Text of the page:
I like to think of tools bundled with SQL Server as inverted pyramid type, tools for diagnosing and checking general problems at the top, finding and diagnosing problem-specific areas of the tool at the bottom. In addition to providing a convenient way to write SQL scripts, Query Analyzer is the resource you need to use when you need to address specific SQL scripts to clarify the problem. If you need to indicate which query is holding the lock on a particular table, you will also want to use Query Analyzer.
The key diagnostic feature of Query Analyzer is that it can display the execution plan for a query. This execution plan provides you with various types of useful information, such as how and when to use or not to use the index during the execution of a query. It also provides a number of other details, such as sorting, parallelism (parallelism), nested loops, and other things that SQL Server must do when executing a specified query.
Benefits of the program
With Query Analyzer, you can view the projected schedule without running the query itself, or view the real plan after the query executes. It is clear that the real plan will be more accurate because it is physically running queries against the database. However, this approach may not be the best option for systems with large load and/or long-term queries. In a typical case, I run this tool when I think there is a problem with a particular query, or if I expect a query to be called frequently enough in the application to cause performance problems.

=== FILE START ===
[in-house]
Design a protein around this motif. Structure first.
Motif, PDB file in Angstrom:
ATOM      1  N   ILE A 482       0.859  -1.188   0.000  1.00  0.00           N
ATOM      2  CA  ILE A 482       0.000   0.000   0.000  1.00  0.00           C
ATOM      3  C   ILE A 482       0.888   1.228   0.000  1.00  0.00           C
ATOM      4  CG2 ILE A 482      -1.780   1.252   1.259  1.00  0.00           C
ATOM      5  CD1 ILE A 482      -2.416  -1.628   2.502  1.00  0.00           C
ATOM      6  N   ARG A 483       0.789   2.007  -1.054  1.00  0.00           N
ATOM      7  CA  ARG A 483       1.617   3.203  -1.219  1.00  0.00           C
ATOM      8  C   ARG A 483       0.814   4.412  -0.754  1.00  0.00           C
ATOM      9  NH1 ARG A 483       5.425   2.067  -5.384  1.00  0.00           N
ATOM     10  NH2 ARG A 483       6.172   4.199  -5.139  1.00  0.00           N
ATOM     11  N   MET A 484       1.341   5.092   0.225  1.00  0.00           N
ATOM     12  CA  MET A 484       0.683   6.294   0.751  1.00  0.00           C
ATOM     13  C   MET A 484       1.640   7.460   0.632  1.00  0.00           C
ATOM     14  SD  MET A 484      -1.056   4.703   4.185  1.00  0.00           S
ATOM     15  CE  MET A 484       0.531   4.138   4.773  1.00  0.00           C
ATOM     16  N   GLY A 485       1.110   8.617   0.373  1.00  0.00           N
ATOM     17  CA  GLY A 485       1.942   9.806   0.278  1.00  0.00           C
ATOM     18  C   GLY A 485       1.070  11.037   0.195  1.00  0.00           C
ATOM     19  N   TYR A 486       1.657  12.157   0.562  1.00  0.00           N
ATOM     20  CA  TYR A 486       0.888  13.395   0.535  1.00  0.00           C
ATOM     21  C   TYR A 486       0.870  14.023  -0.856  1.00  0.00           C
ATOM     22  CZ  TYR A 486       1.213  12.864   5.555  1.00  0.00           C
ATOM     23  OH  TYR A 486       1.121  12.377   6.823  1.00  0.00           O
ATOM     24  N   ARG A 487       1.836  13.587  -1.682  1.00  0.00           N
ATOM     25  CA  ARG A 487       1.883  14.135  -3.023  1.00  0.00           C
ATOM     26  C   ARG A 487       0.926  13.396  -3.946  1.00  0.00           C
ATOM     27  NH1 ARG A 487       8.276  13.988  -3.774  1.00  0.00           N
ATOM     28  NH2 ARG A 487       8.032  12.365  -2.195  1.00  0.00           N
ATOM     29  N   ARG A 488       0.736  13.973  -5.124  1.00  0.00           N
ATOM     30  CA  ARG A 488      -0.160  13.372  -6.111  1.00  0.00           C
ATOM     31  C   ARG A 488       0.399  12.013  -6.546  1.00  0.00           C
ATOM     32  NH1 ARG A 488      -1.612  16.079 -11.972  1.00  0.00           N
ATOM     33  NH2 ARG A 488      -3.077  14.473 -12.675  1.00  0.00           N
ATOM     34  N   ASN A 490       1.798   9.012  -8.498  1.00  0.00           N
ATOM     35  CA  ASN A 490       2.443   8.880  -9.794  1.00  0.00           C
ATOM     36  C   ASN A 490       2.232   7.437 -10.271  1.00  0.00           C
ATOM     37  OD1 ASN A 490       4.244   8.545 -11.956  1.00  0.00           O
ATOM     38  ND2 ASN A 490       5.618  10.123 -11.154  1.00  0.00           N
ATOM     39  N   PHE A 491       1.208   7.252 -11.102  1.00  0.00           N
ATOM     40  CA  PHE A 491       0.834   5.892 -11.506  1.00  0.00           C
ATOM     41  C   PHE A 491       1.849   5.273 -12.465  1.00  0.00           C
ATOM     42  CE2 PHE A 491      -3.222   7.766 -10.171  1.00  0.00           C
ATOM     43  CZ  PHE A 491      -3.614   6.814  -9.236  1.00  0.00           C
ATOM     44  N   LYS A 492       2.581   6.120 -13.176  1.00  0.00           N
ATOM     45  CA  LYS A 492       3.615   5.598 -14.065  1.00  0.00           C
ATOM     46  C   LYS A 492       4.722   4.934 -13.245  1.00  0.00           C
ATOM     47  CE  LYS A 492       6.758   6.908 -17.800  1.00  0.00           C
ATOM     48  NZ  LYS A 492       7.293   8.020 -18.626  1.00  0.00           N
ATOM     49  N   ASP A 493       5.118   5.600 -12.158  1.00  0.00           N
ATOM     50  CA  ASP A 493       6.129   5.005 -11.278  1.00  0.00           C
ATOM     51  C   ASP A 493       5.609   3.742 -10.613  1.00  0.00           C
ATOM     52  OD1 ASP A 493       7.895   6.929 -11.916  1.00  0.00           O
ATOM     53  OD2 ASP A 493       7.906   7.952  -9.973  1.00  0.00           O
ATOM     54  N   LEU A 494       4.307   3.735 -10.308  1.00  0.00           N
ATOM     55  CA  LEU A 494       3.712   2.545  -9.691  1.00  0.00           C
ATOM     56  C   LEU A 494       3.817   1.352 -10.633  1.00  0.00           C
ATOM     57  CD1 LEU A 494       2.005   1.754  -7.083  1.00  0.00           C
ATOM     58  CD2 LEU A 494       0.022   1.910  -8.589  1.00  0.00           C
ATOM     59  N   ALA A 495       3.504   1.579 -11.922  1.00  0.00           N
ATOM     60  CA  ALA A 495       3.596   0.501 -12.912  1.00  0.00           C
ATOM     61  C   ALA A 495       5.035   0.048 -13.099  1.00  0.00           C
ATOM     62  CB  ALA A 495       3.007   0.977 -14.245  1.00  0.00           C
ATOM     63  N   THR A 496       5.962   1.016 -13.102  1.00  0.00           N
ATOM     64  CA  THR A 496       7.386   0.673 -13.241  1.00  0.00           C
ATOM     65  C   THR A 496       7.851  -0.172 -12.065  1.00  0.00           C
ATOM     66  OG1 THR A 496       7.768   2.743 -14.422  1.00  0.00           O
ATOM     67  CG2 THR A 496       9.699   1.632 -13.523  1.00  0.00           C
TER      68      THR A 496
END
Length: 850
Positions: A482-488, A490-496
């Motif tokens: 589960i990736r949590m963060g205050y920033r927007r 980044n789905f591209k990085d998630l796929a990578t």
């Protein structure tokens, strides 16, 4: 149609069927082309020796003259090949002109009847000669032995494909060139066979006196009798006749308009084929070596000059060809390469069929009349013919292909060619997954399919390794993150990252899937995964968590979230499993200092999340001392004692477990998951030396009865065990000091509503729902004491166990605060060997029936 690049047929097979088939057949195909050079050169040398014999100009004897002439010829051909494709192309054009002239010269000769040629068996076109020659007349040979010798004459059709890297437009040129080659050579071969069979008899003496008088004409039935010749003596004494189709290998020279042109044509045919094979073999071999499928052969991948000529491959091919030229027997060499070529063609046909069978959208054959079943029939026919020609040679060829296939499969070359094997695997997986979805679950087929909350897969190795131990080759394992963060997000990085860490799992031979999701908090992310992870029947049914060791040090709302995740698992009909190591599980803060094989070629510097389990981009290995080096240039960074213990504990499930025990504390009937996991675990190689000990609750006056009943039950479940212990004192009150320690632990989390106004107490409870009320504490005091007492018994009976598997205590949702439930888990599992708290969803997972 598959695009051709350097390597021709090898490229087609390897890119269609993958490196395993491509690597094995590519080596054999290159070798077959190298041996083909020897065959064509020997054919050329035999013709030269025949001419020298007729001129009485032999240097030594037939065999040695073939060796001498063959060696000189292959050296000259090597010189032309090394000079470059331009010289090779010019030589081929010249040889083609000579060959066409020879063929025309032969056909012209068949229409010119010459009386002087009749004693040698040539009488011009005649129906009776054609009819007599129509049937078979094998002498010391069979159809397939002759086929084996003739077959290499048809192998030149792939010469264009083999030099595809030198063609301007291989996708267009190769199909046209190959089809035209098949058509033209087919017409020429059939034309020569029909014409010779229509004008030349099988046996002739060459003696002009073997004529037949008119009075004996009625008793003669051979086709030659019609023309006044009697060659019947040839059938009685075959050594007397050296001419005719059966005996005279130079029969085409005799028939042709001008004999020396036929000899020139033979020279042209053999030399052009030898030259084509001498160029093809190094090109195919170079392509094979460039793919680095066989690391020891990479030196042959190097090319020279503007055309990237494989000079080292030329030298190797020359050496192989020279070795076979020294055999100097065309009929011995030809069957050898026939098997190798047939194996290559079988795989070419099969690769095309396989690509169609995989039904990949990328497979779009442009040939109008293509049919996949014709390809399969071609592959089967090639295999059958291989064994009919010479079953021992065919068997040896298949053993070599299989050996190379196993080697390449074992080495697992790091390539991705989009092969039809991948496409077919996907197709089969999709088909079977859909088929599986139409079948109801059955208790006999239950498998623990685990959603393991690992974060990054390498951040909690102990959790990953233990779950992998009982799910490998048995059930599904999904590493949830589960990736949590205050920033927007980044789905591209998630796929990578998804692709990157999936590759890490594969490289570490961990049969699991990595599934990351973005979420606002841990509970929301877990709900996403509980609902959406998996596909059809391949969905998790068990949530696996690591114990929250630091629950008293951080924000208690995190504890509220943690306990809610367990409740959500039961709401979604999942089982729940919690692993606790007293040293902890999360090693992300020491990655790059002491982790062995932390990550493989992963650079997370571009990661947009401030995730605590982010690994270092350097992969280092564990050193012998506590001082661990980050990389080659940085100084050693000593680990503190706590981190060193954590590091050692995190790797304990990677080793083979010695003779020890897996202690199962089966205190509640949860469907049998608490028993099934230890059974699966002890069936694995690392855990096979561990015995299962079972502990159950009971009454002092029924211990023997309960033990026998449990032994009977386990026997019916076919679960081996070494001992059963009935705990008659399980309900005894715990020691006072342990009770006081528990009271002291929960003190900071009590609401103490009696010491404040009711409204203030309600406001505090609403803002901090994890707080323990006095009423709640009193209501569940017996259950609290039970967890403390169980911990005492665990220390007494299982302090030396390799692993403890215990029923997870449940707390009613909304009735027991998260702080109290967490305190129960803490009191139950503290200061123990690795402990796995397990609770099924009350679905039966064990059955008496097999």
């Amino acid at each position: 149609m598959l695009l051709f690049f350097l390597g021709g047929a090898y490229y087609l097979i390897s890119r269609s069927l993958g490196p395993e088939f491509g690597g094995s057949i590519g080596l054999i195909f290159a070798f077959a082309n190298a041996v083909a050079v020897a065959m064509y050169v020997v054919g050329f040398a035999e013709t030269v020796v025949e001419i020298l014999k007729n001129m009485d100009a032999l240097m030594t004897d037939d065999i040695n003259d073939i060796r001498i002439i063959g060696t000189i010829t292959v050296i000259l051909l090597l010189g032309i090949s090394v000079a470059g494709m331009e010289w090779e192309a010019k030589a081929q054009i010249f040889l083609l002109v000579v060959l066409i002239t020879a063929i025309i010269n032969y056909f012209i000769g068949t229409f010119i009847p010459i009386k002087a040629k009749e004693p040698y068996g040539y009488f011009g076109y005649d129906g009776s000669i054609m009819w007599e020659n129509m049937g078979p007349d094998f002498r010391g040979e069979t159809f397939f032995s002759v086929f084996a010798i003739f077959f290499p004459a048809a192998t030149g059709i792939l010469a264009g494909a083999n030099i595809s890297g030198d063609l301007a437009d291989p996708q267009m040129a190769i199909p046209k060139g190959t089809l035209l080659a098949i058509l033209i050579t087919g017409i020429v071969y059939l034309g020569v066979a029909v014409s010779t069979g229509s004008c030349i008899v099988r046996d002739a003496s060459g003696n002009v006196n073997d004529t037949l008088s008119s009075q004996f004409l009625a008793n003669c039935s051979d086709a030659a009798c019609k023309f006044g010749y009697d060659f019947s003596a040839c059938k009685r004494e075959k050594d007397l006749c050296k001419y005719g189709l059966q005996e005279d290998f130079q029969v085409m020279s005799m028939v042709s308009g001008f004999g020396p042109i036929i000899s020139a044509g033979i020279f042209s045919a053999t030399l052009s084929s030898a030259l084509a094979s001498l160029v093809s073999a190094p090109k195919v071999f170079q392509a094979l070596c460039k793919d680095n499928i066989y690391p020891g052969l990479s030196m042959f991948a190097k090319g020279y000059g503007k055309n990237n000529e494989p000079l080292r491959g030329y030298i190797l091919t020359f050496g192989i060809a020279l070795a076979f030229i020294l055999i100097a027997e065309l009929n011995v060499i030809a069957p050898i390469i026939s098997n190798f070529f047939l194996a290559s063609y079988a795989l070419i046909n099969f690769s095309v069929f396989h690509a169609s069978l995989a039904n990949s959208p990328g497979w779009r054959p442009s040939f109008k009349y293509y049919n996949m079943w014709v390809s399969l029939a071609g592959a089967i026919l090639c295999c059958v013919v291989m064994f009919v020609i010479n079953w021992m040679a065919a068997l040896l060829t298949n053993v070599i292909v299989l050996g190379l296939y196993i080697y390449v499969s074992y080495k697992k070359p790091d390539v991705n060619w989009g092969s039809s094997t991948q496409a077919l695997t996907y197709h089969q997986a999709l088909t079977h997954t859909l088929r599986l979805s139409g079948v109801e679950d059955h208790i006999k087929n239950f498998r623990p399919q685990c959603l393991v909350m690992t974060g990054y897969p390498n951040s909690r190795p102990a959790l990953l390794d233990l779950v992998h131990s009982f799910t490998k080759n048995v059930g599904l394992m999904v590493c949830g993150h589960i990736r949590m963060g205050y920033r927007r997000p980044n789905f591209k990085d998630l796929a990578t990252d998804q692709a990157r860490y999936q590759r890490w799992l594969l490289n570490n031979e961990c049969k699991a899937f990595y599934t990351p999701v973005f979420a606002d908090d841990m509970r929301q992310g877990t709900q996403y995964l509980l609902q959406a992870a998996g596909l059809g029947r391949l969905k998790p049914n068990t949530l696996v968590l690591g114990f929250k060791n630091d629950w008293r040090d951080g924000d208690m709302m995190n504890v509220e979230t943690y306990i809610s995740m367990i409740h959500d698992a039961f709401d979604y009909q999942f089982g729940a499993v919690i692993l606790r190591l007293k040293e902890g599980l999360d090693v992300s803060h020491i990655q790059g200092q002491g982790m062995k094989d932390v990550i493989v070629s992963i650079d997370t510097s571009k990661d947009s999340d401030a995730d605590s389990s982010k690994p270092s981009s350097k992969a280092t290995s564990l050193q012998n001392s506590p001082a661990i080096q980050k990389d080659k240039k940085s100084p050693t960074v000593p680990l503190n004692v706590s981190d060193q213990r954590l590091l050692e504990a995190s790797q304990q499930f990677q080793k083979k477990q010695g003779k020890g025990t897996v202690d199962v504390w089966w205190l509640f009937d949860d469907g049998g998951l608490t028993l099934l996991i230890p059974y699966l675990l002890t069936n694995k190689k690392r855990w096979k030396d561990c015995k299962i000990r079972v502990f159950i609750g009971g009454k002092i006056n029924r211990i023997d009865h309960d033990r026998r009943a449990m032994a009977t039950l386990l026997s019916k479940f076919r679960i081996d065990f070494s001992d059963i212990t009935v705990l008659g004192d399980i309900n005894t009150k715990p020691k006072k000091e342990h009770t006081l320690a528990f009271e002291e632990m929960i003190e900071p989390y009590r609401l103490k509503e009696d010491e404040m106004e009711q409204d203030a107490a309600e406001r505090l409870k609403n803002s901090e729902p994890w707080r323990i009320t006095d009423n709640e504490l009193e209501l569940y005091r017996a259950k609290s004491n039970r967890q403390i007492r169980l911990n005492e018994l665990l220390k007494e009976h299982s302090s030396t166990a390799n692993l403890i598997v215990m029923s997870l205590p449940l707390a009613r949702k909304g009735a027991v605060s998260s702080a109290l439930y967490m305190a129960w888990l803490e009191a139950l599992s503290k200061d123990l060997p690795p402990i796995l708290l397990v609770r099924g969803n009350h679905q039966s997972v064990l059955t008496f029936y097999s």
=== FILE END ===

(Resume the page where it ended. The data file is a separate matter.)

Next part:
You can view the expected execution plan by typing the SQL expression into the query parser and then pressing [ctrl]l]. The execution plan is then displayed in the tab of the results (Results) panel. The execution plan may be difficult to read at first because it is not read from left to right, as in English, but is read from right to left.
Here's an example you can follow, and from this example you can see how to use Query Analyzer to view an execution plan. Consider the following query, which returns the location of an employee and the relevant region from the Northwind database:
JOIN employeeterritories et on e.employeeid = Et.employeeid
JOIN territories T on Et.territoryid = T.territoryid
JOIN region R on T.regionid = R.regionid
E.employeeid = 1
The results of this query show that the number EmployeeID in the East (Eastern) has two regions, a is shown.
http://www.bkjia.com/PHPjc/631122.html www.bkjia.com true http://www.bkjia.com/PHPjc/631122.html techarticle I like to think of tools bundled with SQL Server as inverted pyramid type, tools for diagnosing and checking general problems at the top, finding and diagnosing problem-specific areas of the tool at the bottom. In addition to mentioning ...